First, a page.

Cite When You Write!

Have you ever been marked down on your papers for how you cited or failed to cite your sources? Does the mention of citations or working within the MLA style make you cringe? Have you used some awesome sources in you paper but are at a loss for how to cite them?

If so, this blog post is for you!

I’m going to lay out some helpful tips for citing sources so that instead of feeling frustrated and angry…


…you can be proud of what you have accomplished!


Today I’m going to talk about how to cite a website in MLA, because MLA is potentially the most common citation style–and websites can be frustrating because they all seem so different. (If you need to cite in APA or CMS, here are some really helpful links: the Chicago Manual of Style and the Purdue Lab.)

We know that citations can seem confusing with all the different styles and rules for formatting but citation is mostly about finding information and plugging it into a formula. It can be tedious but here are some tricks that can help you finish up your stellar paper:

  • Take note of the date you access websites as you do your research.
  • Take note of the author or editor, the article title or website title, the website sponsor (who makes the website possible) and the most recent date it has been updated.

Now that we have the preliminary steps out of the way, we can put all of the information we have gathered into an MLA citation. This is how we order all of the information:

  1. the author or editor
  2. the article title or website title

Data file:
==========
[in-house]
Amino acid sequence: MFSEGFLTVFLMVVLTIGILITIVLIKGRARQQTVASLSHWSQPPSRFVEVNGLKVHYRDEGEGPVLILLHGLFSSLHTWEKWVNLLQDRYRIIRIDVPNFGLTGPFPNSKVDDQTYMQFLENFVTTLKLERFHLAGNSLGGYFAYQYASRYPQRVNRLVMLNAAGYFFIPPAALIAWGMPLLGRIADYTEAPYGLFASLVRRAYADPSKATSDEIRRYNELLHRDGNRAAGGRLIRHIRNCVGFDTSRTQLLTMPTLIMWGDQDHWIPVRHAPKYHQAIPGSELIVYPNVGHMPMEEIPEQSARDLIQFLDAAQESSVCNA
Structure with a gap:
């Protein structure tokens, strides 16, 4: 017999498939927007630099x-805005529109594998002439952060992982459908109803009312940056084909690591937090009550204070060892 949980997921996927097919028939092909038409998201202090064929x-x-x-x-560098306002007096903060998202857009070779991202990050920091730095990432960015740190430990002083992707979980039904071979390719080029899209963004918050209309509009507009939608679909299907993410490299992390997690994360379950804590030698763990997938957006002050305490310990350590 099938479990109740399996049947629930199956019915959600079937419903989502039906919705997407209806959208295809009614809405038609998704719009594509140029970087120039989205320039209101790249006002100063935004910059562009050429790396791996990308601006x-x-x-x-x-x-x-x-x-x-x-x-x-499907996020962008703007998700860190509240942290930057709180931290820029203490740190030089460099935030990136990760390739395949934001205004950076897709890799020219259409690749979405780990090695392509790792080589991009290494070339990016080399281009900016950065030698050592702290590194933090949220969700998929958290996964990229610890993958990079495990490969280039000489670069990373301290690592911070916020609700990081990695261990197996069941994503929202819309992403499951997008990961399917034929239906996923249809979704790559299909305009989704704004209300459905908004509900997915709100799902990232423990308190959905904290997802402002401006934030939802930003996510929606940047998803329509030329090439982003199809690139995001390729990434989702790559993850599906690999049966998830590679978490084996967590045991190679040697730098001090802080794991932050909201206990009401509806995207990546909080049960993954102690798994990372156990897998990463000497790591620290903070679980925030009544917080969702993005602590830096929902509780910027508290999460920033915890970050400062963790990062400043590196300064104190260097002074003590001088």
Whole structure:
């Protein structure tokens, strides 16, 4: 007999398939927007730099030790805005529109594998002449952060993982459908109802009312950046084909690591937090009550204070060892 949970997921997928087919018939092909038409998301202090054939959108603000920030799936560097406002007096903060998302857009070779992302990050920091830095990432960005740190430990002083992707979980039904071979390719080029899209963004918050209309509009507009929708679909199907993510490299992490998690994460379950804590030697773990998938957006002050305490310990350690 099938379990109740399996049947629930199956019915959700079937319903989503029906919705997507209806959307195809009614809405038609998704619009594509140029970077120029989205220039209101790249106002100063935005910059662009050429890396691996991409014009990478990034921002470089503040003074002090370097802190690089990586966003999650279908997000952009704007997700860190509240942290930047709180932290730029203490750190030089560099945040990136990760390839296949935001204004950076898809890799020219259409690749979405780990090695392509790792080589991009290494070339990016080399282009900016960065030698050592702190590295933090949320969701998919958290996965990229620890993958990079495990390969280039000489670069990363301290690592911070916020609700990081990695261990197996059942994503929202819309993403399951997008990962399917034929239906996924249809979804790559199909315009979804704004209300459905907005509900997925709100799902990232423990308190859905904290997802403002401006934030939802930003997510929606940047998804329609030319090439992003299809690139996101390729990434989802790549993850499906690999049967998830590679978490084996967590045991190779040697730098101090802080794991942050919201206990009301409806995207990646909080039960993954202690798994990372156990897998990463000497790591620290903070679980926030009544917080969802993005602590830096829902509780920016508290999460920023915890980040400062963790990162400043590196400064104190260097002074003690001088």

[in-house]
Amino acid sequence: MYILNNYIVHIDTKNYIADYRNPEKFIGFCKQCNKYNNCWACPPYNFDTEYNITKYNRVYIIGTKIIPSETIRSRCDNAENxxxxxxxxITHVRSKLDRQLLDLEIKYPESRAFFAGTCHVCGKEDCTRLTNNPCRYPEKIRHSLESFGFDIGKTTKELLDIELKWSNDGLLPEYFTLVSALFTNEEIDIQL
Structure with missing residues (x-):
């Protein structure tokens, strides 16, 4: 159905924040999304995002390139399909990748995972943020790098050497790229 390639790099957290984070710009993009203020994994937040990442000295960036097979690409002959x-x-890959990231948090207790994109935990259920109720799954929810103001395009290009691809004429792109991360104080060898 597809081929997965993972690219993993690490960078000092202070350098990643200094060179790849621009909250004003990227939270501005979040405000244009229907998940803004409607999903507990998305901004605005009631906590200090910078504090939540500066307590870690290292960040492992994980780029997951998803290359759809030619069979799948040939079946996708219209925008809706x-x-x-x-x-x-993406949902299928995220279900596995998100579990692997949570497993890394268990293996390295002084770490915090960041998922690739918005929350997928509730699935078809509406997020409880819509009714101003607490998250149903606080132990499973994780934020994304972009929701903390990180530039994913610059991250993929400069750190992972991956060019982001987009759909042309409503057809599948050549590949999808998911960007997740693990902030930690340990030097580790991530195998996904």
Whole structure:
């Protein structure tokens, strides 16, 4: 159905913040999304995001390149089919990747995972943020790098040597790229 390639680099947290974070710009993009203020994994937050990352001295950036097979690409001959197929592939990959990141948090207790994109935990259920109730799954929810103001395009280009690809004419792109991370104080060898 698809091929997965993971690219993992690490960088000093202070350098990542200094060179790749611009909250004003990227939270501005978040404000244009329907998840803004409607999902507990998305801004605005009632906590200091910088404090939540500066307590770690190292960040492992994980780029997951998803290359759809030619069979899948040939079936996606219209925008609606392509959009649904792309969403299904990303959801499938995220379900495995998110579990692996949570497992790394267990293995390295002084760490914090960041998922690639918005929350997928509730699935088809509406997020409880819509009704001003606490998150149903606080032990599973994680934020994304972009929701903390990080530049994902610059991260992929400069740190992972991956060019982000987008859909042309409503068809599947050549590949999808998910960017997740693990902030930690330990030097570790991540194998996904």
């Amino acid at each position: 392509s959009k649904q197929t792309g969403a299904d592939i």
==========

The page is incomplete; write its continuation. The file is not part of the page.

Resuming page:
3. the website sponsor
  4. the most recent date
  5. the medium of publication (which is always Web when referring to any information found on the internet)
  6. the date of access.

For example:

Fraunheim, Ed. “Stop Reading This Headline and Get Back to Work.” CNET

CNET Networks, 11 July 2005. Web. 17 Feb. 2009.

Based on the information you have gathered, all you need to do is insert it into this formula! You have done most of the work already, so…

tumblr keep calm

Citing an Entire Website

Felluga, Dino. Guide to Literary and Critical Theory. Purdue U, 28 Nov. 2003. Web. 10 May


Citing a Page on a Website (like a blog post or a recipe)

“How to Make Vegetarian Chili.” eHow. Demand Media, n.d. Web. 24 Feb. 2009.

  • (List the author, if known, followed by the information covered above for entire Web sites.)

More handy tips:

  • If you can’t find some aspect of the information, the formula stays the same and you just insert what you do have.
  • Italicize the website title.
  • The page title or article title is in quotation marks.
  • Make sure you pay attention to the punctuation!
  • Always double space when using MLA.
  • The first line of each entry is at the left margin; extra lines are indented ½ an inch.
  • You don’t have to include the URL of the website unless your professor asks you to!
  • If no publisher name is available then use n.p. and if no publishing date is given then use n.d. (as illustrated above).

Now that you know how to better cite your information, you are on the way to even greater success with your writing!